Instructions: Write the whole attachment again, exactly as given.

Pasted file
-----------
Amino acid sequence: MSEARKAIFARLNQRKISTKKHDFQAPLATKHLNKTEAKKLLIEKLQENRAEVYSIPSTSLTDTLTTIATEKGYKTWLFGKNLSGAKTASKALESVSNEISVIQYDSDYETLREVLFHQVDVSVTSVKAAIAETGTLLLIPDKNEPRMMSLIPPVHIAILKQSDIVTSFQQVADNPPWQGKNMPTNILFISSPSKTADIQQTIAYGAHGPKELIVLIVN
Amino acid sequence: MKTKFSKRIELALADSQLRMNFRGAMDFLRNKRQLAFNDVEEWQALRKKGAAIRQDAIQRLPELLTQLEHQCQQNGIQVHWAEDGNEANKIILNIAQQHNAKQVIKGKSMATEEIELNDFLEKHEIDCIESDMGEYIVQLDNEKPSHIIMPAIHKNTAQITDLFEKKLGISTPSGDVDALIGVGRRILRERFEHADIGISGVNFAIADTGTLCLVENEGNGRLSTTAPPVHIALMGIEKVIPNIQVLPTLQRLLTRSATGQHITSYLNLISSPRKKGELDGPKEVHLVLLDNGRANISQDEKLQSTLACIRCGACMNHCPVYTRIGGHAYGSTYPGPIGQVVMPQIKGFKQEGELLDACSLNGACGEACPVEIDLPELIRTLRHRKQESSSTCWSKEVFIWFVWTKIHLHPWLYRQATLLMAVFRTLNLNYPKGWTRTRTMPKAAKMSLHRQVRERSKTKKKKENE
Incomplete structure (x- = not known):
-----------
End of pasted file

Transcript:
Amino acid sequence: MSEARKAIFARLNQRKISTKKHDFQAPLATKHLNKTEAKKLLIEKLQENRAEVYSIPSTSLTDTLTTIATEKGYKTWLFGKNLSGAKTASKALESVSNEISVIQYDSDYETLREVLFHQVDVSVTSVKAAIAETGTLLLIPDKNEPRMMSLIPPVHIAILKQSDIVTSFQQVADNPPWQGKNMPTNILFISSPSKTADIQQTIAYGAHGPKELIVLIVN
Amino acid sequence: MKTKFSKRIELALADSQLRMNFRGAMDFLRNKRQLAFNDVEEWQALRKKGAAIRQDAIQRLPELLTQLEHQCQQNGIQVHWAEDGNEANKIILNIAQQHNAKQVIKGKSMATEEIELNDFLEKHEIDCIESDMGEYIVQLDNEKPSHIIMPAIHKNTAQITDLFEKKLGISTPSGDVDALIGVGRRILRERFEHADIGISGVNFAIADTGTLCLVENEGNGRLSTTAPPVHIALMGIEKVIPNIQVLPTLQRLLTRSATGQHITSYLNLISSPRKKGELDGPKEVHLVLLDNGRANISQDEKLQSTLACIRCGACMNHCPVYTRIGGHAYGSTYPGPIGQVVMPQIKGFKQEGELLDACSLNGACGEACPVEIDLPELIRTLRHRKQESSSTCWSKEVFIWFVWTKIHLHPWLYRQATLLMAVFRTLNLNYPKGWTRTRTMPKAAKMSLHRQVRERSKTKKKKENE
Incomplete structure (x- = not known):